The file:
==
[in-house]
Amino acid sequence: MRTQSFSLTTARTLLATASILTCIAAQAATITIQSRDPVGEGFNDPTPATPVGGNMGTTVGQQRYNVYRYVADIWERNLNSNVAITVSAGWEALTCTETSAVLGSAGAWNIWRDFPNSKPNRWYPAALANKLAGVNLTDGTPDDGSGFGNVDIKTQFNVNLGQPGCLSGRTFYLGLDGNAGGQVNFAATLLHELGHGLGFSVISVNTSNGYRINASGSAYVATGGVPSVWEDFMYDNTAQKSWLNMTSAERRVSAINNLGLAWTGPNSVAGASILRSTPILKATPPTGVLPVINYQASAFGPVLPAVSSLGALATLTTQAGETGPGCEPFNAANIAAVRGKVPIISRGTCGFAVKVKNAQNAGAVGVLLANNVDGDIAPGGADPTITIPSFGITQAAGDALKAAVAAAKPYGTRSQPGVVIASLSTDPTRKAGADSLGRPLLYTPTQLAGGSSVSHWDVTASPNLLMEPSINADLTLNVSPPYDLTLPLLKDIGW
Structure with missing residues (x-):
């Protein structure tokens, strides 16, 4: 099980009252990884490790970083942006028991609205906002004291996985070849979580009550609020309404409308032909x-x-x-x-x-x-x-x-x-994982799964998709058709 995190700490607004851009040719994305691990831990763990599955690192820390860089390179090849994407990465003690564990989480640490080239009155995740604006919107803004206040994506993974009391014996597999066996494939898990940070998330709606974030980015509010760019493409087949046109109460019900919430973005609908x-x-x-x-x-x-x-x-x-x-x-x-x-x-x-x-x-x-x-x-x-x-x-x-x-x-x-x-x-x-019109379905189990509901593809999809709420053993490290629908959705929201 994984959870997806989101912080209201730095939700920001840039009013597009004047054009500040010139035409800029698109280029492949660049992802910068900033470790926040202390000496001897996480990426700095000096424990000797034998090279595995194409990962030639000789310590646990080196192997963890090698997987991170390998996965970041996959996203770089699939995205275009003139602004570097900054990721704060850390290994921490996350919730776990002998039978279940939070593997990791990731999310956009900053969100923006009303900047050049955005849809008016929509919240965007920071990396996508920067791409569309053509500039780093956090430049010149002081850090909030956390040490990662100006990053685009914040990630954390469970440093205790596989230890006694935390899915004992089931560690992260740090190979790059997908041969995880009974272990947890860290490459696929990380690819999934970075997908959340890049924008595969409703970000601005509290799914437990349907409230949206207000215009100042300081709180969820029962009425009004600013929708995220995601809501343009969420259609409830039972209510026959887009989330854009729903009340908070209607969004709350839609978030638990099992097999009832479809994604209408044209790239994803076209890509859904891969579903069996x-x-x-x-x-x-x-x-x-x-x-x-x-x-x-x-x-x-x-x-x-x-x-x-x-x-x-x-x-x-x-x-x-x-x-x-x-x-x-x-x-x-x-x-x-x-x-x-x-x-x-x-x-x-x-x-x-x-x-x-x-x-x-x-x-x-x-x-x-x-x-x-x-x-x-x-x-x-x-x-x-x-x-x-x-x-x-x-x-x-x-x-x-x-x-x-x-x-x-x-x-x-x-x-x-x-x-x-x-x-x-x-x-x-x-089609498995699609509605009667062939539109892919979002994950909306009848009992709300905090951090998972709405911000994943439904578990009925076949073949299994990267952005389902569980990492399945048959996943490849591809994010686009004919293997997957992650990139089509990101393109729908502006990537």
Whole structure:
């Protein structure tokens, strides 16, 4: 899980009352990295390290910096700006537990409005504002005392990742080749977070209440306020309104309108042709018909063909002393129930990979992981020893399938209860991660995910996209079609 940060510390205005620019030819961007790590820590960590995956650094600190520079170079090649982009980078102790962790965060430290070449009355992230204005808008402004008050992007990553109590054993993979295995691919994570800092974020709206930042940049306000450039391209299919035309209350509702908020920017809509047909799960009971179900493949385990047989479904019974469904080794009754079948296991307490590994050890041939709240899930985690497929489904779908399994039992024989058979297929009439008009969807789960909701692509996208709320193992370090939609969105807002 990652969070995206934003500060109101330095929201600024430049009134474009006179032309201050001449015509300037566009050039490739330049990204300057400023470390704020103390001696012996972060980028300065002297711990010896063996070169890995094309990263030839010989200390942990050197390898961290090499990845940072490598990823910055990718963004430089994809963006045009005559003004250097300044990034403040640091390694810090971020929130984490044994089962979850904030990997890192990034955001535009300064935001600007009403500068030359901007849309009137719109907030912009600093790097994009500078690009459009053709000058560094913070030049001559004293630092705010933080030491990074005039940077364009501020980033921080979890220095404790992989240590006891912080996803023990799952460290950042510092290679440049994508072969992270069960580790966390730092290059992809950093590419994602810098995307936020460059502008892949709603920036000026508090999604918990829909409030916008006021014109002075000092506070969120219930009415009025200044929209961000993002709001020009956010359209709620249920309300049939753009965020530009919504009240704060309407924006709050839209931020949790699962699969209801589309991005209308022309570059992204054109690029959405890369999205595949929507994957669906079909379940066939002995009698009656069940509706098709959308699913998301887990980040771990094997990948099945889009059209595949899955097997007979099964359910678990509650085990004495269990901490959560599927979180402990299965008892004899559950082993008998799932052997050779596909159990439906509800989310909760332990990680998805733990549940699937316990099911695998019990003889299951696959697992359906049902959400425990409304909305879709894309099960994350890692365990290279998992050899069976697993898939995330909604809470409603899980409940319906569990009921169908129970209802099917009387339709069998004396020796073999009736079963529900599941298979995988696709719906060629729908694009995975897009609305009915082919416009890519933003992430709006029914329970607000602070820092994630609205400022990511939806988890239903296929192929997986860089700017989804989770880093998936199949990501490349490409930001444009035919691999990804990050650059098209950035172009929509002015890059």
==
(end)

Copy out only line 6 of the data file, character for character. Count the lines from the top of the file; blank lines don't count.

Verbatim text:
């Protein structure tokens, strides 16, 4: 899980009352990295390290910096700006537990409005504002005392990742080749977070209440306020309104309108042709018909063909002393129930990979992981020893399938209860991660995910996209079609 940060510390205005620019030819961007790590820590960590995956650094600190520079170079090649982009980078102790962790965060430290070449009355992230204005808008402004008050992007990553109590054993993979295995691919994570800092974020709206930042940049306000450039391209299919035309209350509702908020920017809509047909799960009971179900493949385990047989479904019974469904080794009754079948296991307490590994050890041939709240899930985690497929489904779908399994039992024989058979297929009439008009969807789960909701692509996208709320193992370090939609969105807002 990652969070995206934003500060109101330095929201600024430049009134474009006179032309201050001449015509300037566009050039490739330049990204300057400023470390704020103390001696012996972060980028300065002297711990010896063996070169890995094309990263030839010989200390942990050197390898961290090499990845940072490598990823910055990718963004430089994809963006045009005559003004250097300044990034403040640091390694810090971020929130984490044994089962979850904030990997890192990034955001535009300064935001600007009403500068030359901007849309009137719109907030912009600093790097994009500078690009459009053709000058560094913070030049001559004293630092705010933080030491990074005039940077364009501020980033921080979890220095404790992989240590006891912080996803023990799952460290950042510092290679440049994508072969992270069960580790966390730092290059992809950093590419994602810098995307936020460059502008892949709603920036000026508090999604918990829909409030916008006021014109002075000092506070969120219930009415009025200044929209961000993002709001020009956010359209709620249920309300049939753009965020530009919504009240704060309407924006709050839209931020949790699962699969209801589309991005209308022309570059992204054109690029959405890369999205595949929507994957669906079909379940066939002995009698009656069940509706098709959308699913998301887990980040771990094997990948099945889009059209595949899955097997007979099964359910678990509650085990004495269990901490959560599927979180402990299965008892004899559950082993008998799932052997050779596909159990439906509800989310909760332990990680998805733990549940699937316990099911695998019990003889299951696959697992359906049902959400425990409304909305879709894309099960994350890692365990290279998992050899069976697993898939995330909604809470409603899980409940319906569990009921169908129970209802099917009387339709069998004396020796073999009736079963529900599941298979995988696709719906060629729908694009995975897009609305009915082919416009890519933003992430709006029914329970607000602070820092994630609205400022990511939806988890239903296929192929997986860089700017989804989770880093998936199949990501490349490409930001444009035919691999990804990050650059098209950035172009929509002015890059």